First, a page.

India Africa forum Summit (IAFS)

India Africa forum Summit (IAFS)

India Africa Forum Summit (IAFS)


Continental-level engagement with Africa is not new in India. The origin of such interactions goes back to 1993 when Japan initiated the first- to Tokyo International Conference on African Development (TICAD). This was followed by China initiating the Forum on China-Africa Cooperation (FOCAC). 

On similar lines, to open a continental level engagement, India launched its first-ever IAFS in 2008 in New Delhi. The up m concluded with the New Delhi Declaration that reaffirmed the shared vision of vibrancy and resurgence in India-Africa relations. The declaration set an agenda for India and Africa to elaborate on sustainable development, climate change, and UN reforms. 

Subsequently, a second such summit was organized in 2011. The second IAFS was held in the Ethiopian Capital, Addis Ababa, in 2011. The Addis Ababa Declaration adopted a new cooperative framework based on capacity building, peace and security, India envisaged the creation of institutions like the Indian Institute of Technology and the Indian Institute of Foreign Trade in Africa. 

Second India Africa Forum Summit (IAFS)

In the second IAFS, India also committed to creating a two million dollar fund for the African Union Mission in Somalia to curb piracy.The third IAFS was held from 25 to 28 October in 2015. The third IAFS is unique in multiple aspects.

The first aspect is the issue of participation in the IAFS. This is because, in 2006, the African Union (AU) in the city of Banjul (capital of Gambia) announced the Banjul Formula. According to the Banjul Formula, (adopted in 2006), India would extend an invitation to 15 African Head of the States to participate in the IAFS that would include five participating states of NEPAD (New Economic Partnership for Africa's Development-A programme of African Union to seek global support for the development of Africa) programme, 8 member states to be identified from Regional Economic Communities of African Union and the Chairperson of the African Union Commission. These 15 nations would participate in IAF.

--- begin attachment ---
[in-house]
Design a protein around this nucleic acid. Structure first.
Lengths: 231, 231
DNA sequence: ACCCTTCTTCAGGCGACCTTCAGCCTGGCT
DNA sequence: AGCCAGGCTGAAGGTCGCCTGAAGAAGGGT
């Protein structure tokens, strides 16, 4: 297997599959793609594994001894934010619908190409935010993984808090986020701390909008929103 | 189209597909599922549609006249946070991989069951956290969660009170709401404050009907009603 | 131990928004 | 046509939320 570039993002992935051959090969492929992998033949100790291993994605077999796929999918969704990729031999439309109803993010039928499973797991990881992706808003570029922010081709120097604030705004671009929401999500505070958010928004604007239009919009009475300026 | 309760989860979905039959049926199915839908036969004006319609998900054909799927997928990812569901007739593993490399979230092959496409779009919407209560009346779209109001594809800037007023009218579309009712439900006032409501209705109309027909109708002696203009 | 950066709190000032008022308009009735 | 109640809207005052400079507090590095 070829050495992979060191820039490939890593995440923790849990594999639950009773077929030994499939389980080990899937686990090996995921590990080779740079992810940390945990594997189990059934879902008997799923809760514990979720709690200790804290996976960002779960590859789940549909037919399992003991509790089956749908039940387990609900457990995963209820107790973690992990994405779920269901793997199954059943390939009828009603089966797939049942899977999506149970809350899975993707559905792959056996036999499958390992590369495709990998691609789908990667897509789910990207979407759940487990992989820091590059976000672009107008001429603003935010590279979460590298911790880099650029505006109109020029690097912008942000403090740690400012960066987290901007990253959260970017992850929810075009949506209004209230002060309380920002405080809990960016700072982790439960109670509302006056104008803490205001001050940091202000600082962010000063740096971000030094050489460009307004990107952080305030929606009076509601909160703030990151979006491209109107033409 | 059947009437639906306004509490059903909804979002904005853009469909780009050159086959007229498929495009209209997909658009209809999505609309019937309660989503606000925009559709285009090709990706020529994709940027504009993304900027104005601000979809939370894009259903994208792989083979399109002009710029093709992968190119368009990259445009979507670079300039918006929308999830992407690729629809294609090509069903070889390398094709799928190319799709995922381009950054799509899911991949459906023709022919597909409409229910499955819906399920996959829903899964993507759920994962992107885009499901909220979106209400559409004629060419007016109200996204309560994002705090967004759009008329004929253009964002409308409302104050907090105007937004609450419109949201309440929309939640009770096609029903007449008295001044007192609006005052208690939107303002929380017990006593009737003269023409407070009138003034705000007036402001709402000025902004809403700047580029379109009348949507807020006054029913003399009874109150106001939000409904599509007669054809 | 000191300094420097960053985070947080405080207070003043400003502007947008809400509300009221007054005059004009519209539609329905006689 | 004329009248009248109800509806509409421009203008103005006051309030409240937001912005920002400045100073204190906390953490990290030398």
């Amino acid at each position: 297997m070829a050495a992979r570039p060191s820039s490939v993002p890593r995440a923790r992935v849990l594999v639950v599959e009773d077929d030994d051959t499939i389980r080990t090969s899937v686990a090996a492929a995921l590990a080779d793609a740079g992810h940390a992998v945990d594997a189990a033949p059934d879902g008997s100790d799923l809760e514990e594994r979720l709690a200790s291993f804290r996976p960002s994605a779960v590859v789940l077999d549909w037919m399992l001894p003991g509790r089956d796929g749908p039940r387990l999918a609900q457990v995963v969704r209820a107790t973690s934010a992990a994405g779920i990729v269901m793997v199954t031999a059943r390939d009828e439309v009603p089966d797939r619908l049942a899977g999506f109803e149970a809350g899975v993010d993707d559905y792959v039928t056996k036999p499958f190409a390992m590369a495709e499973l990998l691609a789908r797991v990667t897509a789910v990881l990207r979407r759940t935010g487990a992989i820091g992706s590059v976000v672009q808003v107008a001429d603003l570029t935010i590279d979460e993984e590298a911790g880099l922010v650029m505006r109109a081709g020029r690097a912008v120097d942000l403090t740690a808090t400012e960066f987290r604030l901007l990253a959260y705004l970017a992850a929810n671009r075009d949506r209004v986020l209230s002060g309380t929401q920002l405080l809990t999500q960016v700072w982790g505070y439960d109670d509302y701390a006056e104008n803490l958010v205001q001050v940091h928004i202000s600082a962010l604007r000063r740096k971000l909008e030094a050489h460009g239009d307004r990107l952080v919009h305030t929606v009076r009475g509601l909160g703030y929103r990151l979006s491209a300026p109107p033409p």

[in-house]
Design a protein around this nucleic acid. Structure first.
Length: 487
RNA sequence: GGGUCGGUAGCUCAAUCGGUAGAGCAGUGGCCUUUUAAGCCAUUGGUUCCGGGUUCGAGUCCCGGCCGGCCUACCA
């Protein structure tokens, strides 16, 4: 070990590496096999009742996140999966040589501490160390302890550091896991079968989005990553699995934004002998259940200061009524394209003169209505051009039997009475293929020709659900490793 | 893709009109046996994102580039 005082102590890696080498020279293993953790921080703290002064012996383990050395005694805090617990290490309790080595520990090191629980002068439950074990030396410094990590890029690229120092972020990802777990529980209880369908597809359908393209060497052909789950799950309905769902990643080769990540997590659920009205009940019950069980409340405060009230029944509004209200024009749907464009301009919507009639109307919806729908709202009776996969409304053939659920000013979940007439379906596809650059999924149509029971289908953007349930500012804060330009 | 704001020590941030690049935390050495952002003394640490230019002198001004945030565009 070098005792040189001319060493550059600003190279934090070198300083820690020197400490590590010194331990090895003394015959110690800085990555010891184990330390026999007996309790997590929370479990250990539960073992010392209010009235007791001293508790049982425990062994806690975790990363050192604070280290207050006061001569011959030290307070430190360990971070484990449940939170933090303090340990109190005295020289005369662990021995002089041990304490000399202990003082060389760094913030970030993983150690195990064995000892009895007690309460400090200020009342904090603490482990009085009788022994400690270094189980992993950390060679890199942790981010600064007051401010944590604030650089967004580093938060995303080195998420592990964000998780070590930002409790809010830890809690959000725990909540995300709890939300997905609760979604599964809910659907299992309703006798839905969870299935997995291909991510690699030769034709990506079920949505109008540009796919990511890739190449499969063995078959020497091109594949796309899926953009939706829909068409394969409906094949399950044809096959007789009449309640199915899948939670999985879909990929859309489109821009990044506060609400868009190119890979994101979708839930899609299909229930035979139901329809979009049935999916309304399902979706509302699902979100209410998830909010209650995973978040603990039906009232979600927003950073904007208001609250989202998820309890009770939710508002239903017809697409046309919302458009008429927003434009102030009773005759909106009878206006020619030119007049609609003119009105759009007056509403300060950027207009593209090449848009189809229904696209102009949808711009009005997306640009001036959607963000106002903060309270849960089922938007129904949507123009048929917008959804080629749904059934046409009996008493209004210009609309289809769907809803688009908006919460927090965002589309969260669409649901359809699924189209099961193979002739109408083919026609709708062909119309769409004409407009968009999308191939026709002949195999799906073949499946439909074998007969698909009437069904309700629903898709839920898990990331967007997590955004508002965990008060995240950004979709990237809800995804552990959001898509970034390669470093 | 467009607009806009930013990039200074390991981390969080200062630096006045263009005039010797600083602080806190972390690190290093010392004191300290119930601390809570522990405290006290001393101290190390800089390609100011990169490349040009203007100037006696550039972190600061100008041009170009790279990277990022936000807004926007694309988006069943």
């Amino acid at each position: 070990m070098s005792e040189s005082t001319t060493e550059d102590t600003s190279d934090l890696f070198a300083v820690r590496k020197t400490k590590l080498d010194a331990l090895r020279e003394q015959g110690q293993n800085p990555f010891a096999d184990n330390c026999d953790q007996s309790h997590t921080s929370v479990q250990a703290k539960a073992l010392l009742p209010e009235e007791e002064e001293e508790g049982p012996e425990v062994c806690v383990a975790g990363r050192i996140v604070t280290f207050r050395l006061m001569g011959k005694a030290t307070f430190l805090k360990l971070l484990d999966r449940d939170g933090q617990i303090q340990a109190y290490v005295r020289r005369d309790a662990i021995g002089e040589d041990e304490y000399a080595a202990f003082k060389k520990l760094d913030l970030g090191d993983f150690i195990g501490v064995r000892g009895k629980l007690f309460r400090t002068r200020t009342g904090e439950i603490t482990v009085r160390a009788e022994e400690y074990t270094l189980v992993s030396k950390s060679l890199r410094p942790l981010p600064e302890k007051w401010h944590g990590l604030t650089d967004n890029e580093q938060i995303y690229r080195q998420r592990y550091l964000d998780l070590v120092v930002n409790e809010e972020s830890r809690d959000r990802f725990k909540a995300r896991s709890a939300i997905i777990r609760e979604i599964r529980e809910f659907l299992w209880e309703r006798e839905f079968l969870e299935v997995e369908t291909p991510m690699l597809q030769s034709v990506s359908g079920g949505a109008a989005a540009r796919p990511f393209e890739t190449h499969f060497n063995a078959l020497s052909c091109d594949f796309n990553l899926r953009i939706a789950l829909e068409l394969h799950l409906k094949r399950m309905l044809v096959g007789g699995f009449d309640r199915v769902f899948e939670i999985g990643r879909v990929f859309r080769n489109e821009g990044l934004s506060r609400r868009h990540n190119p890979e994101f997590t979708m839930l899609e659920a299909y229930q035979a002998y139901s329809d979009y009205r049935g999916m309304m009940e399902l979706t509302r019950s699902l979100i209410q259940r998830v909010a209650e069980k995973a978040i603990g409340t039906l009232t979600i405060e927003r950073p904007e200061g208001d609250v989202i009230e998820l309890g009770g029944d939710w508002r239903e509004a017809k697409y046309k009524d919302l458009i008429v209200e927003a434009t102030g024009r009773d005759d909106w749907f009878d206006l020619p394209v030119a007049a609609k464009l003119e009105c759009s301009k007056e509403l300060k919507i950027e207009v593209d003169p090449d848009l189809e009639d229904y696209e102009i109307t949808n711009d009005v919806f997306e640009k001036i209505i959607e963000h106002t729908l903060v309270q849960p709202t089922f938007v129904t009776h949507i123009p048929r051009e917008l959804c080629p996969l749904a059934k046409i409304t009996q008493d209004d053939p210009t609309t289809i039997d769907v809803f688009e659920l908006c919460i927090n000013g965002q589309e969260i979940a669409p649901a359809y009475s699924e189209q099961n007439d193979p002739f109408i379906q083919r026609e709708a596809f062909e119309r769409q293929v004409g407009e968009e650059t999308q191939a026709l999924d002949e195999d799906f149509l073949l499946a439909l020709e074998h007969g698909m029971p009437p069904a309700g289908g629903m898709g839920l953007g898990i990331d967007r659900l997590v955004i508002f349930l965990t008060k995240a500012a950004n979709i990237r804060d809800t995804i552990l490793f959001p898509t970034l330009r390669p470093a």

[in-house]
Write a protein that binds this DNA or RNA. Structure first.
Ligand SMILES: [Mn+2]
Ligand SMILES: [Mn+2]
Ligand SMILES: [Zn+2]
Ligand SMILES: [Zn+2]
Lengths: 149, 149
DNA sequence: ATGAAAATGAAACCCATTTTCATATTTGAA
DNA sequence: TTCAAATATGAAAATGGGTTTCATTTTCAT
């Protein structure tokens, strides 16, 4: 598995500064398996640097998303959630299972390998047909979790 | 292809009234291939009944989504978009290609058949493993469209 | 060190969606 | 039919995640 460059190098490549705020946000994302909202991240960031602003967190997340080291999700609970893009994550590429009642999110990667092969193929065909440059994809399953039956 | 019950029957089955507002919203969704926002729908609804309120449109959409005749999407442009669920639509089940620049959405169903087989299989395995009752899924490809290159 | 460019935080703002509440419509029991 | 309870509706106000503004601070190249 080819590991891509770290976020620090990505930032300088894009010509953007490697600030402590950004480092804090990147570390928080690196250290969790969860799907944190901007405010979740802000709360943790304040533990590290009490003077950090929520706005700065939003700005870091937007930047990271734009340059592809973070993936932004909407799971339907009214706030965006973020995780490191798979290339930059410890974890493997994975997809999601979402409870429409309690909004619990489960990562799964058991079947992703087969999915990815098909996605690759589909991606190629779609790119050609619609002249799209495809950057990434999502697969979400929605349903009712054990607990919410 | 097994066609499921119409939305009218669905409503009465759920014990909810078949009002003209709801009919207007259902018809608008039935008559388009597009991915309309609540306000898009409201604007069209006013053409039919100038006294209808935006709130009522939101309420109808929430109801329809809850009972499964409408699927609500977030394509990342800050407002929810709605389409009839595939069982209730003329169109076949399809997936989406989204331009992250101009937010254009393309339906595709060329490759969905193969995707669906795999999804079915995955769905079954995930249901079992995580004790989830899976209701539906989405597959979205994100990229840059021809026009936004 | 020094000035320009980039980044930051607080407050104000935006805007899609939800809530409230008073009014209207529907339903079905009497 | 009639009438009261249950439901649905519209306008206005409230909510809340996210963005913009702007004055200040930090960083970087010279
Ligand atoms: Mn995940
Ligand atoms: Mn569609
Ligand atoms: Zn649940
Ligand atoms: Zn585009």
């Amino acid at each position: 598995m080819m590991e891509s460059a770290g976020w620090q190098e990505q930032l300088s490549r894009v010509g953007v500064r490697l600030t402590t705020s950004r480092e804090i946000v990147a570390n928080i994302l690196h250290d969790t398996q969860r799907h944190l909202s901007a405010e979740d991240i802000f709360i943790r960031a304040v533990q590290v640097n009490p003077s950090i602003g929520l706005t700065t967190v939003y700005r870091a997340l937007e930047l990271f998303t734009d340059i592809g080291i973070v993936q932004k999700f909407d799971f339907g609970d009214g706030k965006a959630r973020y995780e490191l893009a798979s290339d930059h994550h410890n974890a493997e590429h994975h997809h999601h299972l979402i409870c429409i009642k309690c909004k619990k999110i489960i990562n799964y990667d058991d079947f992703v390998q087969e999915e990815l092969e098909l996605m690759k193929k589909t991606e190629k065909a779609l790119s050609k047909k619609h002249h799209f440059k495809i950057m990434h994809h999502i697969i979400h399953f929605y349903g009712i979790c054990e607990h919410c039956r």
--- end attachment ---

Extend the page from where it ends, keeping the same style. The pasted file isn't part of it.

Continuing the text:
In the first IAFS, there was a participation by 14 states, while in the second IAFS, there were 11 states that participated. 

Third India Africa Forum Summit (IAFS)

In IAFS-3, India decided to do away with limited participation (as per the Banjul Formula) and invited all 54 Head of the States from Africa. This was done because India had decided to launch the 'Outreach to Africa Programme in the third session of the IAFS. 

Second, the IAFS-3 opened up on the cultural note. The opening ceremony of the summit saw India showcasing Bhangra and Yoga. The two showcased India's soft power export and asserted India's emergence on the global scene and signified a resurgent Africa. For the first time in the history succeeding the Cold War, India organised a successful event, hosting 54 Nations at one place. The IAFS-3 concluded with the Delhi Declaration-2015, which articulated the India-Africa relationship as 'Partners in Progress' and pledged to work towards a dynamic and transformative development agreement'. 

India officially pledged support to the African Agenda 2063 and committed resources to Africa to help achieve goals of the agenda. India also announced a 10-billion-dollar line of credit for projects, along with thirty thousand scholarships. What also makes the Delhi Declaration 2015 unique is that the areas in which Africa and India are going to collaborate were broadened to now incorporate solar technology, food security, blue economy, rural housing, skull development use of social networks to enhance people-to-people cooperation and sustainable development. 

Fourth India Africa Forum Summit (IAFS)

Delhi Declaration has also adopted a monitoring mechanism to implement the agendas envisaged. They have also adopted the India-Africa framework for strategic cooperation. The next summit that is IAFS-4 is planned after 5 years (i.e. in 2020).

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